“I think mentally, the diverticulitis, that was the big thing [that led to his retirement]… If he came back and he was 100-percent mentally in the game, knowing that he could take whatever it meant to take, he could push himself, he could get hit, he could whatever – that was the big thing. When he was mentally on, I mean, literally, like his moniker when he was a college wrestler, he was like a freight train. He just was going to go through anything. If he came back and he was mentally 100-percent there, I believe physically he still has the gifts and he still has the ability to improve and to grow, but it’s like anything. The game is such a mental thing that once that chink in the armor was there and that kind of embedded itself in his head, I think that was really the point where it was tough for him.”
“If he came back and he really wanted to train and really wanted to do it and his heart was in it, it would be great. He was a pleasure to work with because he was a real professional. You talk about a professional in training, Brock Lesnar’s a huge professional. When training starts at 10 o’clock, that means 10 o’clock wrapped, ready and warming up. … The other thing with Brock is he would pay his training partners just like boxers pay people to come in, and he would basically say, ‘You’re like an employee now; you have to be here. This is a professional thing, and if you don’t, I’ll just let you go.’ He really does train like a professional. … If his mind’s into it and he really wants to do it, it’d be great.”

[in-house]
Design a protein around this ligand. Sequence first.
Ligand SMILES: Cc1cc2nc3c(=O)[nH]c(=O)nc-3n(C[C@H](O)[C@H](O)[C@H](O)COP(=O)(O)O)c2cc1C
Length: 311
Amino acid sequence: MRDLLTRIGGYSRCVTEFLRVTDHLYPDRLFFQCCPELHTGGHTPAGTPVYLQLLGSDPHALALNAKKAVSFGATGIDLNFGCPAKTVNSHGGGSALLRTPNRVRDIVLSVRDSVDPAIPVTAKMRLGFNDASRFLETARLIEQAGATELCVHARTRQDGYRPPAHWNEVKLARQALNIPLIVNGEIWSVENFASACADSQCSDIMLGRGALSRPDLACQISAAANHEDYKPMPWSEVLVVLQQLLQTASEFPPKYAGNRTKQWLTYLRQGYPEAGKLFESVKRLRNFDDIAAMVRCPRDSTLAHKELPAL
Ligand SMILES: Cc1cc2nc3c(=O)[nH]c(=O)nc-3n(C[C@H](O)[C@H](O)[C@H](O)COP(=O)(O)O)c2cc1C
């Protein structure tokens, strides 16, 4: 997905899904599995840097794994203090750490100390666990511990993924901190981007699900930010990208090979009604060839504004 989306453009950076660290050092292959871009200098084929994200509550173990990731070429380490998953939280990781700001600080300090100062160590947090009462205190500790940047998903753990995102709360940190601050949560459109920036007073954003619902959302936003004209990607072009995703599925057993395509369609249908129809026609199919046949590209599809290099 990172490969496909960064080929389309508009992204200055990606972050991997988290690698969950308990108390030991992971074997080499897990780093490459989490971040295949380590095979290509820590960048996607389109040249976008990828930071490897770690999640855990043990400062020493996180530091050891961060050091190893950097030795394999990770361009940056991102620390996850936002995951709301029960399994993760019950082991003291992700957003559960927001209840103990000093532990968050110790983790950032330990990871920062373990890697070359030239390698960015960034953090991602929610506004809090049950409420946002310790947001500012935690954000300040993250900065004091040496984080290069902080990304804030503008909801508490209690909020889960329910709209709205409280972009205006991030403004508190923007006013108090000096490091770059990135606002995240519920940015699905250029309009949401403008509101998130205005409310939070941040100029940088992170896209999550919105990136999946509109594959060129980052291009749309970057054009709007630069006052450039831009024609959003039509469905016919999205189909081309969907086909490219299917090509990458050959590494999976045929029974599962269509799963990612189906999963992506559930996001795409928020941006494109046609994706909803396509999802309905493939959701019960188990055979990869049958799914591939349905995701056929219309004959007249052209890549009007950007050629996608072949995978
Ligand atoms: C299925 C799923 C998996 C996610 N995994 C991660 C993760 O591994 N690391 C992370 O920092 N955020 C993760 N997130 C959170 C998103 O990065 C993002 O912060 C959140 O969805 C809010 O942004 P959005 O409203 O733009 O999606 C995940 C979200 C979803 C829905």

In a recent interview with Sherdog.com, Brock Lesnar’s head MMA Trainer discussed the rise and fall of Lesnar and the possibility that the former champ could return to form.
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